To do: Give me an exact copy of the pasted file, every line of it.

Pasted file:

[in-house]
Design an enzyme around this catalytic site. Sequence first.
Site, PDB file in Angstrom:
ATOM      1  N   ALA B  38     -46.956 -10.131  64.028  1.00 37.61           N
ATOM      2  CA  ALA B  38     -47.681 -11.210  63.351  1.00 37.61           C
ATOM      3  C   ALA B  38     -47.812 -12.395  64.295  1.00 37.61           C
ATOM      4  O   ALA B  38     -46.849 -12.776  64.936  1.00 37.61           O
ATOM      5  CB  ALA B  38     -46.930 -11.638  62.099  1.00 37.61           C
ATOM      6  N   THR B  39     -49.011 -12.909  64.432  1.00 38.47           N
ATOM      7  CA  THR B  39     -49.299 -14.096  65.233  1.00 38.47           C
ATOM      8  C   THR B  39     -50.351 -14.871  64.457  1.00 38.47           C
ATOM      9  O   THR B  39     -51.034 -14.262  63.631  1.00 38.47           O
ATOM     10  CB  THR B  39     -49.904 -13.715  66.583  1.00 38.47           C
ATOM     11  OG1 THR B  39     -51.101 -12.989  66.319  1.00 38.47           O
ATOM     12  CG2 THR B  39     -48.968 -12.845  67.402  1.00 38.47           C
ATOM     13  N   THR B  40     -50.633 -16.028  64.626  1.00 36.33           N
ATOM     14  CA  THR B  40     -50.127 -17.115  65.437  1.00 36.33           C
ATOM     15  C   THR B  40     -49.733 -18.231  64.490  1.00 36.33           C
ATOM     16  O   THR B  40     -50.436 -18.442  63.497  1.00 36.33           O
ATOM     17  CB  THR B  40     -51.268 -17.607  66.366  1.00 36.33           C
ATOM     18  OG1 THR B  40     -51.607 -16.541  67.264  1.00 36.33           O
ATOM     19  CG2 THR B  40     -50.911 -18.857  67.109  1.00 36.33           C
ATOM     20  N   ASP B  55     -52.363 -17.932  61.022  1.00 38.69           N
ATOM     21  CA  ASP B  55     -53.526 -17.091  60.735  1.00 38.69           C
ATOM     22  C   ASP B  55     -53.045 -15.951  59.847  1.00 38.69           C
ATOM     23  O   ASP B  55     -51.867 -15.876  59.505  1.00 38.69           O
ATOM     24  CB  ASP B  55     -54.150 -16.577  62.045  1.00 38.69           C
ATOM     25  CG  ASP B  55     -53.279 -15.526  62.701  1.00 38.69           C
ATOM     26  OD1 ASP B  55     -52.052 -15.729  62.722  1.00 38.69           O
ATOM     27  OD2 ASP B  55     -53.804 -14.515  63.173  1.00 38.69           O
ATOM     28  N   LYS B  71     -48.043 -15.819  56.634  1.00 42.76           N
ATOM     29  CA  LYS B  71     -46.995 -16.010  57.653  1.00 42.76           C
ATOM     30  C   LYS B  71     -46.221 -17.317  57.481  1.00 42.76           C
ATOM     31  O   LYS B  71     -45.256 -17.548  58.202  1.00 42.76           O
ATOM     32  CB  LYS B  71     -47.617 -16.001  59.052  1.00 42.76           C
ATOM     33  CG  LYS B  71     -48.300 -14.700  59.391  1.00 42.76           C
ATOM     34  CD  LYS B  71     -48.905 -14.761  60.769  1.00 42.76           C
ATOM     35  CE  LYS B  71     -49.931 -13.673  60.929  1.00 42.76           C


[in-house]
Design an enzyme around this catalytic site. Sequence first.
Site, PDB file in Angstrom:
ATOM      1  N   ALA B  38     -46.956 -10.131  64.028  1.00 37.61           N
ATOM      2  CA  ALA B  38     -47.681 -11.210  63.351  1.00 37.61           C
ATOM      3  C   ALA B  38     -47.812 -12.395  64.295  1.00 37.61           C
ATOM      4  O   ALA B  38     -46.849 -12.776  64.936  1.00 37.61           O
ATOM      5  CB  ALA B  38     -46.930 -11.638  62.099  1.00 37.61           C
ATOM      6  N   THR B  39     -49.011 -12.909  64.432  1.00 38.47           N
ATOM      7  CA  THR B  39     -49.299 -14.096  65.233  1.00 38.47           C
ATOM      8  C   THR B  39     -50.351 -14.871  64.457  1.00 38.47           C
ATOM      9  O   THR B  39     -51.034 -14.262  63.631  1.00 38.47           O
ATOM     10  CB  THR B  39     -49.904 -13.715  66.583  1.00 38.47           C
ATOM     11  OG1 THR B  39     -51.101 -12.989  66.319  1.00 38.47           O
ATOM     12  CG2 THR B  39     -48.968 -12.845  67.402  1.00 38.47           C
ATOM     13  N   THR B  40     -50.633 -16.028  64.626  1.00 36.33           N
ATOM     14  CA  THR B  40     -50.127 -17.115  65.437  1.00 36.33           C
ATOM     15  C   THR B  40     -49.733 -18.231  64.490  1.00 36.33           C
ATOM     16  O   THR B  40     -50.436 -18.442  63.497  1.00 36.33           O
ATOM     17  CB  THR B  40     -51.268 -17.607  66.366  1.00 36.33           C
ATOM     18  OG1 THR B  40     -51.607 -16.541  67.264  1.00 36.33           O
ATOM     19  CG2 THR B  40     -50.911 -18.857  67.109  1.00 36.33           C
ATOM     20  N   ASP B  55     -52.363 -17.932  61.022  1.00 38.69           N
ATOM     21  CA  ASP B  55     -53.526 -17.091  60.735  1.00 38.69           C
ATOM     22  C   ASP B  55     -53.045 -15.951  59.847  1.00 38.69           C
ATOM     23  O   ASP B  55     -51.867 -15.876  59.505  1.00 38.69           O
ATOM     24  CB  ASP B  55     -54.150 -16.577  62.045  1.00 38.69           C
ATOM     25  CG  ASP B  55     -53.279 -15.526  62.701  1.00 38.69           C
ATOM     26  OD1 ASP B  55     -52.052 -15.729  62.722  1.00 38.69           O
ATOM     27  OD2 ASP B  55     -53.804 -14.515  63.173  1.00 38.69           O
ATOM     28  N   LYS B  71     -48.043 -15.819  56.634  1.00 42.76           N
ATOM     29  CA  LYS B  71     -46.995 -16.010  57.653  1.00 42.76           C
ATOM     30  C   LYS B  71     -46.221 -17.317  57.481  1.00 42.76           C
ATOM     31  O   LYS B  71     -45.256 -17.548  58.202  1.00 42.76           O
ATOM     32  CB  LYS B  71     -47.617 -16.001  59.052  1.00 42.76           C
ATOM     33  CG  LYS B  71     -48.300 -14.700  59.391  1.00 42.76           C
ATOM     34  CD  LYS B  71     -48.905 -14.761  60.769  1.00 42.76           C
ATOM     35  CE  LYS B  71     -49.931 -13.673  60.929  1.00 42.76           C